Toothpastes and Mouthwashes With Fluoride: These products contribute to fluoride intake, also. Young children may get as much or more fluoride from these items than from the foods they eat.

Cooking Utensils: Some types of cooking utensils, such as Teflon with a fluoride-containing polymer, can increase the fluoride content of food.

If We Get Too Much

Children's teeth will look "mottled," or marked with brown stains, if they get too much fluoride before their teeth erupt. However, these stains also may have other causes. This "mottled" look is only cosmetic and does not affect the health of the teeth.

Teach children to brush properly and never to swallow toothpaste, mouthwash, or fluoride rinses. This will reduce the chance of developing brown spots on their permanent teeth.

Very high intakes of fluoride for more than 10 years can cause pain and stiffness in joints. In addition, it can cause abnormal hardening of the bones, which can result in fractures.

The upper limit for fluoride, known as the Tolerable Upper Intake Level (UL), is 2.2 milligrams daily for children ages four through eight. For children ages nine through adulthood the UL for fluoride is 10 milligrams per day.

If We Don't Get Enough

Tooth enamel may be weak if fluoride intake is low. People who don't get enough fluoride have much greater rates of dental decay and cavities than those who do.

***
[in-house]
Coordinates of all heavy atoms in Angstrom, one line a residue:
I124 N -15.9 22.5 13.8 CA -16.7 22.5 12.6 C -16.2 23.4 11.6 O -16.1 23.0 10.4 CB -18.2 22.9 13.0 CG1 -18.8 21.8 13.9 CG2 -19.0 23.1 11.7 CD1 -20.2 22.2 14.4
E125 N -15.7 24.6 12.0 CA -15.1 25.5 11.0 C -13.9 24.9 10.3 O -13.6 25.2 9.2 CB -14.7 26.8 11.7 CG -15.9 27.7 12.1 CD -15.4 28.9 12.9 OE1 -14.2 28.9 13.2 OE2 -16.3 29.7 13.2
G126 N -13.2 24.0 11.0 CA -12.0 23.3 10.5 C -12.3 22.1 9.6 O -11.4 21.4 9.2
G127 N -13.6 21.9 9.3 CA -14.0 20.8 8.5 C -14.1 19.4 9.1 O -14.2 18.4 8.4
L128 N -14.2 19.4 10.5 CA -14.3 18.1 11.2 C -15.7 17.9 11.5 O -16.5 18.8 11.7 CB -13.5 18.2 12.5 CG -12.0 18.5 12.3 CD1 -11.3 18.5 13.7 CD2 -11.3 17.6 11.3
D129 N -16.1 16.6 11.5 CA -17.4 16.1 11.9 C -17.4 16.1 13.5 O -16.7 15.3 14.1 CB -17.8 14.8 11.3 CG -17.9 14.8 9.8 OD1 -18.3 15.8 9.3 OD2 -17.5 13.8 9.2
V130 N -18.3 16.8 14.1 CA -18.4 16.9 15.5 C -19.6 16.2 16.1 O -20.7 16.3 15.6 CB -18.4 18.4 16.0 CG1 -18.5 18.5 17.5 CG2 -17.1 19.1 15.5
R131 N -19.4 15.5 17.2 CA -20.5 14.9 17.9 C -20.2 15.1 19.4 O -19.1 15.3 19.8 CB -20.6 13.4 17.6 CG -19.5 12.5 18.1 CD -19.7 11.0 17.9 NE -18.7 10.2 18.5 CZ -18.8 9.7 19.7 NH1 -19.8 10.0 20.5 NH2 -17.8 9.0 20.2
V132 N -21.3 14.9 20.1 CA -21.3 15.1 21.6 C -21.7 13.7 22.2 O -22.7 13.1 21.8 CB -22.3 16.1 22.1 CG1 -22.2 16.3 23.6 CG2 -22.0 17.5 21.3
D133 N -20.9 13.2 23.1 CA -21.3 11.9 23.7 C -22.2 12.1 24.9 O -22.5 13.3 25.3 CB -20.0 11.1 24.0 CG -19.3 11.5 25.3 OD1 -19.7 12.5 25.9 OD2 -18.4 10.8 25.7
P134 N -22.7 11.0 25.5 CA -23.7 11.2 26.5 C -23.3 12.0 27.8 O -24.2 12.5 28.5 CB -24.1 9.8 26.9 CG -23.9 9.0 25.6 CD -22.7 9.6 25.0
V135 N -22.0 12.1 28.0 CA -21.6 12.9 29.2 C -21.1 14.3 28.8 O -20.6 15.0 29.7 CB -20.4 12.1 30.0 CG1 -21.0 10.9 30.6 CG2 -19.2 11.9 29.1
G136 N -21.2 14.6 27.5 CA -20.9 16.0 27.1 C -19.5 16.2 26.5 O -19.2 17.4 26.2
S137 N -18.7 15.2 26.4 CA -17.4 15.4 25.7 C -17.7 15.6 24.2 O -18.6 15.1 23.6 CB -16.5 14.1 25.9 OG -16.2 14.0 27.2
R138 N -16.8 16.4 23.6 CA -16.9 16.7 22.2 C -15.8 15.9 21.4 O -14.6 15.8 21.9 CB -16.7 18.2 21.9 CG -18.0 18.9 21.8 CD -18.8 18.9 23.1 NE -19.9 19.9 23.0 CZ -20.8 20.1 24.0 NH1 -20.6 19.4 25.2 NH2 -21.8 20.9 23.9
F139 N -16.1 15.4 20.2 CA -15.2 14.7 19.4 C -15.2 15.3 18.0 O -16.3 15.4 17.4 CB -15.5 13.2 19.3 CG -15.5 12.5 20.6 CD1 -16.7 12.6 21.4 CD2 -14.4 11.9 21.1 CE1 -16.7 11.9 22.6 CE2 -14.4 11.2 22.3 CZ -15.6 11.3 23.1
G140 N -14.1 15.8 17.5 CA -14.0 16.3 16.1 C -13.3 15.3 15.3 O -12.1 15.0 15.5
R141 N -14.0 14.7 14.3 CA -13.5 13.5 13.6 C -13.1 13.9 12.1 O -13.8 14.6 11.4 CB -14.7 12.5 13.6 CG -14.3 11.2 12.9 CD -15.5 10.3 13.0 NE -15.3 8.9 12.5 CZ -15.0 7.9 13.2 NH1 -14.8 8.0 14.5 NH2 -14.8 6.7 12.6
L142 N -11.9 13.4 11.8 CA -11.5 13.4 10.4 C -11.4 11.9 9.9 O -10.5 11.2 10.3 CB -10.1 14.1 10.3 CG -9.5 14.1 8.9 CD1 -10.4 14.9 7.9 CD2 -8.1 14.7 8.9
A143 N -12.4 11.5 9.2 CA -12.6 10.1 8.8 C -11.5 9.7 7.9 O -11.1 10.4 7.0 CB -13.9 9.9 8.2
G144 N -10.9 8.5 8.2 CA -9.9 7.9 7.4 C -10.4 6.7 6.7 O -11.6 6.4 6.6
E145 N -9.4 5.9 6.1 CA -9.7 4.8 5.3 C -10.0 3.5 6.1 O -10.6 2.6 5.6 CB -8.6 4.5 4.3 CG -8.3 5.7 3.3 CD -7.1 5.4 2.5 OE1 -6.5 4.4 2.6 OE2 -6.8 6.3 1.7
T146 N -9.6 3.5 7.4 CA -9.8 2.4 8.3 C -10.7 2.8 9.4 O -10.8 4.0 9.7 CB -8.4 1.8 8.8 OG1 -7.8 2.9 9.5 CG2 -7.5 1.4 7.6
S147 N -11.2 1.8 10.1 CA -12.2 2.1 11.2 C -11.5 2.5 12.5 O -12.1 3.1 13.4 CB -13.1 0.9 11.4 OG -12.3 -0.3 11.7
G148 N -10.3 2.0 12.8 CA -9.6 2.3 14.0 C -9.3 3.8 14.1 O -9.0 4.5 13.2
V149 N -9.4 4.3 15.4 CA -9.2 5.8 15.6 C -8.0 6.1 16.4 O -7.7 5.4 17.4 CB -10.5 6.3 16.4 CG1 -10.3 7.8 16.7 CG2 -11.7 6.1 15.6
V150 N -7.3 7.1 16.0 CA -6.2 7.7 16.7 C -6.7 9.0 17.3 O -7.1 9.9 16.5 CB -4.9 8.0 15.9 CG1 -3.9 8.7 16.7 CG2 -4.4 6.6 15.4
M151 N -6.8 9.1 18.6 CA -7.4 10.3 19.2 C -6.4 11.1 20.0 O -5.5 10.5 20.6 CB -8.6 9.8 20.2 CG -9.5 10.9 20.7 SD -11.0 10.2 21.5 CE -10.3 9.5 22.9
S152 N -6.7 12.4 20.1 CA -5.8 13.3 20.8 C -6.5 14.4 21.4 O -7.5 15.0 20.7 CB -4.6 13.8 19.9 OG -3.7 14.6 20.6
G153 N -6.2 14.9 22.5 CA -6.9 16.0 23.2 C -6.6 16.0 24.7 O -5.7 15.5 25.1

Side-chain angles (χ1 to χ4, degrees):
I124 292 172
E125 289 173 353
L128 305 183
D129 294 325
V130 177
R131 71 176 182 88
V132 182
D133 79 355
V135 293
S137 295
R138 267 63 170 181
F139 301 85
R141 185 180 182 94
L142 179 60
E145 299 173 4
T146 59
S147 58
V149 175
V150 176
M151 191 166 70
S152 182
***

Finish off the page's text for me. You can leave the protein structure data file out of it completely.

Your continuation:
Because fluoride is added to drinking water in the United States, nearly one-half of American children never have had a cavity in their permanent teeth.

This is especially important for children who do not have access to dental care. Due to its success, water fluoridation has been called one of the 10 greatest public health achievements of the twentieth century.

People with very low intakes of fluoride also may have low bone density. This can increase their risk for bone fractures due to osteoporosis later in life.

For fluoride to be incorporated into our teeth and bones, we also must get enough vitamin D and calcium. For information about these two important nutrients, see HGIC 4018, Get Your Calcium-Rich Foods; HGIC 4067, Calcium;and HGIC 4081, Vitamin D.

For More Information

The Family and Consumer Sciences (FCS) agent at your county Extension office may have more written information and nutrition classes for you to attend. Also, your doctor, health care provider, or a registered dietitian (RD) can provide reliable information.

Reliable nutrition information may be found on the Internet at the following sites:
http://www.clemson.edu/extension/hgic/
http://virtual.clemson.edu/groups/NIRC/
http://www.eatright.org
http://www.nutrition.gov
http://www.nal.usda.gov/fnic
http://www.ada.org

Sources:

  1. Kendall, Anne. University of Florida Extension. Facts About Fluoride. FCS8798. July 2006. http://edis.ifas.ufl.edu/publications.html
  2. Duyff, Roberta Larson. American Dietetic Association Complete Food and Nutrition Guide, 3rd Edition. 2006.
  3. National Academies of Sciences. National Academies Press. Dietary Reference Intakes series. 2004.